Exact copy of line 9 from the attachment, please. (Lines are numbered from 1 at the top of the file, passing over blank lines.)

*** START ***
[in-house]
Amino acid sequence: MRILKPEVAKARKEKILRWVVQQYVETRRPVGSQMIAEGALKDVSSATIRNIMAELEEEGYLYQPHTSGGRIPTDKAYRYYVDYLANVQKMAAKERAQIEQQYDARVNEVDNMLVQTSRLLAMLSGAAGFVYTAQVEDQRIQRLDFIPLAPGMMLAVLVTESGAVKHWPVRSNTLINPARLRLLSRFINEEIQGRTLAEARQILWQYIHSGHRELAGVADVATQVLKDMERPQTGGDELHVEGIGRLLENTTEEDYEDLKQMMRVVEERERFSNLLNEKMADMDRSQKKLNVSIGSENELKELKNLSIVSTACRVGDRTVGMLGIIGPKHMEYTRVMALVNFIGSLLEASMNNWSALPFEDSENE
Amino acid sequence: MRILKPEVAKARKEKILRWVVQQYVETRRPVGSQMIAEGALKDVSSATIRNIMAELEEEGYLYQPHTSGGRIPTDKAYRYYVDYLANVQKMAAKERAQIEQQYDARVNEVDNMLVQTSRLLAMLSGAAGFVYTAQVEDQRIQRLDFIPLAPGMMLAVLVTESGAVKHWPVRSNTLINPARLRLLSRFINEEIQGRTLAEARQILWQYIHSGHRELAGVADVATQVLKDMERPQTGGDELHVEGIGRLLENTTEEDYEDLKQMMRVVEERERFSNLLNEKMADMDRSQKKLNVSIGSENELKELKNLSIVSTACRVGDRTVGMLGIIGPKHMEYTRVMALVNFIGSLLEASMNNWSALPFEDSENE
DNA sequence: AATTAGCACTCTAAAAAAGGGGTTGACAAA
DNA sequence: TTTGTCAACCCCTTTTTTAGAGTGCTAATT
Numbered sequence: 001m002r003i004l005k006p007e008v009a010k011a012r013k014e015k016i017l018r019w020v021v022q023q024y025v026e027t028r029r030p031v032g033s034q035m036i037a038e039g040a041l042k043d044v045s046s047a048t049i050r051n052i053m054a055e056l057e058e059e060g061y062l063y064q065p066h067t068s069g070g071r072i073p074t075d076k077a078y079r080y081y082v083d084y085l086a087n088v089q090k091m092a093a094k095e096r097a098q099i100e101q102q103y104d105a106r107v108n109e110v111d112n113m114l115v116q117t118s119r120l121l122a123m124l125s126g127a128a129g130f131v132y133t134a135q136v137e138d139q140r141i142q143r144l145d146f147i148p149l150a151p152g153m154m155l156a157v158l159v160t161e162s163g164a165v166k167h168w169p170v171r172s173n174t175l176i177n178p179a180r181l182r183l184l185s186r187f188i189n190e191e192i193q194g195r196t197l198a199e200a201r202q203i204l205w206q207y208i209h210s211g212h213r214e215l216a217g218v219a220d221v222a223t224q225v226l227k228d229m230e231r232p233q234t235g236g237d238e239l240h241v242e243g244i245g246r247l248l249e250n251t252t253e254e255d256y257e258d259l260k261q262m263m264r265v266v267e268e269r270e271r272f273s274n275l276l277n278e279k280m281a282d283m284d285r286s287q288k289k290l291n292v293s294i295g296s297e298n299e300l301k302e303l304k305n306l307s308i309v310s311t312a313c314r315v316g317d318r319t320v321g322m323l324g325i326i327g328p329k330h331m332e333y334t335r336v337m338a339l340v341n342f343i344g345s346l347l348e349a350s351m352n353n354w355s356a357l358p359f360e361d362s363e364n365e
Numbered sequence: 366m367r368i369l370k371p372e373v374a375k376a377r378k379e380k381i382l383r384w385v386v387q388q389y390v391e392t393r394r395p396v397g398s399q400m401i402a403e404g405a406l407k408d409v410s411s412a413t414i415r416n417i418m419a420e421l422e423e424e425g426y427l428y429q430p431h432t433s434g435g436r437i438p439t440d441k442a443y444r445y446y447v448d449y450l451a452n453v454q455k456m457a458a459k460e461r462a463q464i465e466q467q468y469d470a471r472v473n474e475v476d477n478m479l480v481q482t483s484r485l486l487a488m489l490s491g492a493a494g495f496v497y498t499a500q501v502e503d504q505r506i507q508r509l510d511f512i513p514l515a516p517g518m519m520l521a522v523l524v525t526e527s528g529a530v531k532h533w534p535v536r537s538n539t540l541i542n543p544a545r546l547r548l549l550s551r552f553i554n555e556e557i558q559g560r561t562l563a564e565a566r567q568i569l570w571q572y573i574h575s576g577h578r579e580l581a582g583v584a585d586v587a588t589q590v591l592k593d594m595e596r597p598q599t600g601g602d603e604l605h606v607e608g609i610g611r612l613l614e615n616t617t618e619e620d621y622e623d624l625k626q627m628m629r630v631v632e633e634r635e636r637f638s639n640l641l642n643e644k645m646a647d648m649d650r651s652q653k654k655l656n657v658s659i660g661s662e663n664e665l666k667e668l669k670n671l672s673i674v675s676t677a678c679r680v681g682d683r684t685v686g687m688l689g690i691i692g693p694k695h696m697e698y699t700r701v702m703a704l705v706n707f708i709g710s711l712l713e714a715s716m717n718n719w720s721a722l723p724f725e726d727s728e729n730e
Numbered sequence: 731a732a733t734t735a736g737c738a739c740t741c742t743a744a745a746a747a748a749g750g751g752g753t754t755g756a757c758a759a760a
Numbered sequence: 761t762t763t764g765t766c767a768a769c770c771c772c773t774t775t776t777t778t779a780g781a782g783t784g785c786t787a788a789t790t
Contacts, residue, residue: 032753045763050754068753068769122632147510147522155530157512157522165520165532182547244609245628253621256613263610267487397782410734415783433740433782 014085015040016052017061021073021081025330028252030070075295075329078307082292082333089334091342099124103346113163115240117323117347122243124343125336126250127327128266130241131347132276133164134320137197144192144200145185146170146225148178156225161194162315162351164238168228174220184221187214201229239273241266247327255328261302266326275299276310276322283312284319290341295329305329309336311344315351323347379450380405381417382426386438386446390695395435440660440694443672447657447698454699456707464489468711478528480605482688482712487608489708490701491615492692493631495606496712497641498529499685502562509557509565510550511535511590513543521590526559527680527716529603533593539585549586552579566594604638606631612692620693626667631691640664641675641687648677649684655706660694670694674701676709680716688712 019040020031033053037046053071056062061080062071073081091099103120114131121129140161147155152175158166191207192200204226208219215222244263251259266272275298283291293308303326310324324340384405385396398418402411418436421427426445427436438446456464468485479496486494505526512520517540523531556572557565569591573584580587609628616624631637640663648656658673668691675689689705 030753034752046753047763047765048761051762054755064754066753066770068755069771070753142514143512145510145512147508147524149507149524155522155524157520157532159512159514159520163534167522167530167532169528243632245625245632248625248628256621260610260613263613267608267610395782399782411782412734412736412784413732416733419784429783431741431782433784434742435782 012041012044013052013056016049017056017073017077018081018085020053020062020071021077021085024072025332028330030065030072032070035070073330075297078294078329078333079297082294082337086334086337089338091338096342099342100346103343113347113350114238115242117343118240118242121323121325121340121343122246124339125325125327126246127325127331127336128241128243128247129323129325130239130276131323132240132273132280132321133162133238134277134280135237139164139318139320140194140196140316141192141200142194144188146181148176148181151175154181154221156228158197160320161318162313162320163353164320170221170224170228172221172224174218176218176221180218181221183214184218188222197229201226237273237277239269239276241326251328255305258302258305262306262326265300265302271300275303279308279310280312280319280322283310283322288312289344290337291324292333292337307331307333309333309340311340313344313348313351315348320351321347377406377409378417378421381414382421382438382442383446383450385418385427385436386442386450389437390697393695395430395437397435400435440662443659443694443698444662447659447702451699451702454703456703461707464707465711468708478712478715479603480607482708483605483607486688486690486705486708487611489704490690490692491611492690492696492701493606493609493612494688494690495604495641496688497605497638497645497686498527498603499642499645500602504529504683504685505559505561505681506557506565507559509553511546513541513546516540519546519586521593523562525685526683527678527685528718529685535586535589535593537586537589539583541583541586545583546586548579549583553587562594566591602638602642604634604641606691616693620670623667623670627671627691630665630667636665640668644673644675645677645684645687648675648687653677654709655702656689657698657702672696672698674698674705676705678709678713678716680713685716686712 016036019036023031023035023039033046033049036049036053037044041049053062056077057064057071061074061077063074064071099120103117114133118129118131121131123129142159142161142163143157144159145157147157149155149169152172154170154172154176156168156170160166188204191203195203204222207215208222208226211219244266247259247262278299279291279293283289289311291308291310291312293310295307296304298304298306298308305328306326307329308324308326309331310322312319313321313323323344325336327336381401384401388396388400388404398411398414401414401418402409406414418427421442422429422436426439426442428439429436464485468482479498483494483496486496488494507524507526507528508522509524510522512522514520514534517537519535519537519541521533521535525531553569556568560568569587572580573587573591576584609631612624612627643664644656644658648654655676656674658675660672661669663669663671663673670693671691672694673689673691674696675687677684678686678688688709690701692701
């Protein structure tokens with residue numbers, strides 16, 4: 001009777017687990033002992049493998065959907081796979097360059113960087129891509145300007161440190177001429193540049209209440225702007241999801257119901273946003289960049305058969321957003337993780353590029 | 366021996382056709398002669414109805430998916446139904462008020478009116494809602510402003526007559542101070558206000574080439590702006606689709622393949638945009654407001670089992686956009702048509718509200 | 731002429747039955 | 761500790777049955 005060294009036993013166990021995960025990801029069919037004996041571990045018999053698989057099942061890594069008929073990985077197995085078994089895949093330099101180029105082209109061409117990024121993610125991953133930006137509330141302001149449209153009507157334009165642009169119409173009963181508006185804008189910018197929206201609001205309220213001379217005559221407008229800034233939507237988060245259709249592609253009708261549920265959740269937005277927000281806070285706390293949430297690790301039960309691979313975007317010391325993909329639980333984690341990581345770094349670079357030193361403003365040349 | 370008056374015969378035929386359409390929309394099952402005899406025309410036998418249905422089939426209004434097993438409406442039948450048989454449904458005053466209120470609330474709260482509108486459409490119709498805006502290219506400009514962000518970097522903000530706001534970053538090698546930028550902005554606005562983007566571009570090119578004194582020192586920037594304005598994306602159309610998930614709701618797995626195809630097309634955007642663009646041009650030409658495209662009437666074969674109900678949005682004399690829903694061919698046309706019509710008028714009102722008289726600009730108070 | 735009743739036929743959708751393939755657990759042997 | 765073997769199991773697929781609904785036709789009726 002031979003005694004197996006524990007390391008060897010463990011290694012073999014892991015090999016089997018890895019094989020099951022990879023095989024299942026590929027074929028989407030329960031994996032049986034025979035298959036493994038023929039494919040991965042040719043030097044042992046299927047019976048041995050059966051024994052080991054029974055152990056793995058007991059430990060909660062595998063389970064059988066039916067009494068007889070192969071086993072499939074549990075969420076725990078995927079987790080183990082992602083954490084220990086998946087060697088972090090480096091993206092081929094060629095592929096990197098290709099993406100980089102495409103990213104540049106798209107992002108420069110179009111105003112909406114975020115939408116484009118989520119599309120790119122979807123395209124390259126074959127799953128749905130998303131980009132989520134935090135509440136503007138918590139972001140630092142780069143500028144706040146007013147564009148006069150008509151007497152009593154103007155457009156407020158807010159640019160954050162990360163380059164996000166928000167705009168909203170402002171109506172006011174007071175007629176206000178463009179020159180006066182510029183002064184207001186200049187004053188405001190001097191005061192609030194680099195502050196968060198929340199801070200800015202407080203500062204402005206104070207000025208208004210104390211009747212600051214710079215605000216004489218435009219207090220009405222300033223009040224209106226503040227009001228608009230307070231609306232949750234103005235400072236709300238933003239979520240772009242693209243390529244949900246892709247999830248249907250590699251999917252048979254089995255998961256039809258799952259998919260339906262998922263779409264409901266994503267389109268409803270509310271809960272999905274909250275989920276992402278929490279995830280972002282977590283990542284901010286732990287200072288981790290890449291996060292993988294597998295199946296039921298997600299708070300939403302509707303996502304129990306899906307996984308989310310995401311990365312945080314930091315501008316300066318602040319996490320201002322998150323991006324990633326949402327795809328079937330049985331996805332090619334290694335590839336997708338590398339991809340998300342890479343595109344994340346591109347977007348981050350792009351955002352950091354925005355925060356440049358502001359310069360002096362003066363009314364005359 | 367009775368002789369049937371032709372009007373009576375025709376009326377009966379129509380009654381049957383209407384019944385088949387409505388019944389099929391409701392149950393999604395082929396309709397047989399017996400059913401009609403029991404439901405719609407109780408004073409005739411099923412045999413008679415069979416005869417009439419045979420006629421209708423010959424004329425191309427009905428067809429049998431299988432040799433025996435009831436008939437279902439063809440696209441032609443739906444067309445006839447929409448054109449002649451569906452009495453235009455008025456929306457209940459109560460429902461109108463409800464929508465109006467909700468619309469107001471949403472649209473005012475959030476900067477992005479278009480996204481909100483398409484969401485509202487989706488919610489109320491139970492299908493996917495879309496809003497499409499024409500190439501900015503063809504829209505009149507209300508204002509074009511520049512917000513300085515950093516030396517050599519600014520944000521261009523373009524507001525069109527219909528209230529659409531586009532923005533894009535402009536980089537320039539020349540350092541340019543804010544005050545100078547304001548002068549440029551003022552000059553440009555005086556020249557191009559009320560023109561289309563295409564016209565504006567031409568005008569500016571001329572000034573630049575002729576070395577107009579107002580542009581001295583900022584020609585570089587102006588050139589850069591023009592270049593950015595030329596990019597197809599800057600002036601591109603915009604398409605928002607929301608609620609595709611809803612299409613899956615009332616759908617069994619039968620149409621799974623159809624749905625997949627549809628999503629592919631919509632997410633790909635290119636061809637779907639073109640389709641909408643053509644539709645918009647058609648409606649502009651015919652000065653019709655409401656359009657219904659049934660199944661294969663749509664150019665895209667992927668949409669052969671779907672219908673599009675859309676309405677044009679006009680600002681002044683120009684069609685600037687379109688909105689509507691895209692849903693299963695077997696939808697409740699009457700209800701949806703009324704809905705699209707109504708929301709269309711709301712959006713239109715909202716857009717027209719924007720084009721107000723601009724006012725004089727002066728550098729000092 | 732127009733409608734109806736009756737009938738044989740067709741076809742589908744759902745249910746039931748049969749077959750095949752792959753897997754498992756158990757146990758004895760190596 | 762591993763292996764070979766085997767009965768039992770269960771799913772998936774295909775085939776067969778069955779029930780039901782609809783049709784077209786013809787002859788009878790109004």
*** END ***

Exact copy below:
Numbered sequence: 761t762t763t764g765t766c767a768a769c770c771c772c773t774t775t776t777t778t779a780g781a782g783t784g785c786t787a788a789t790t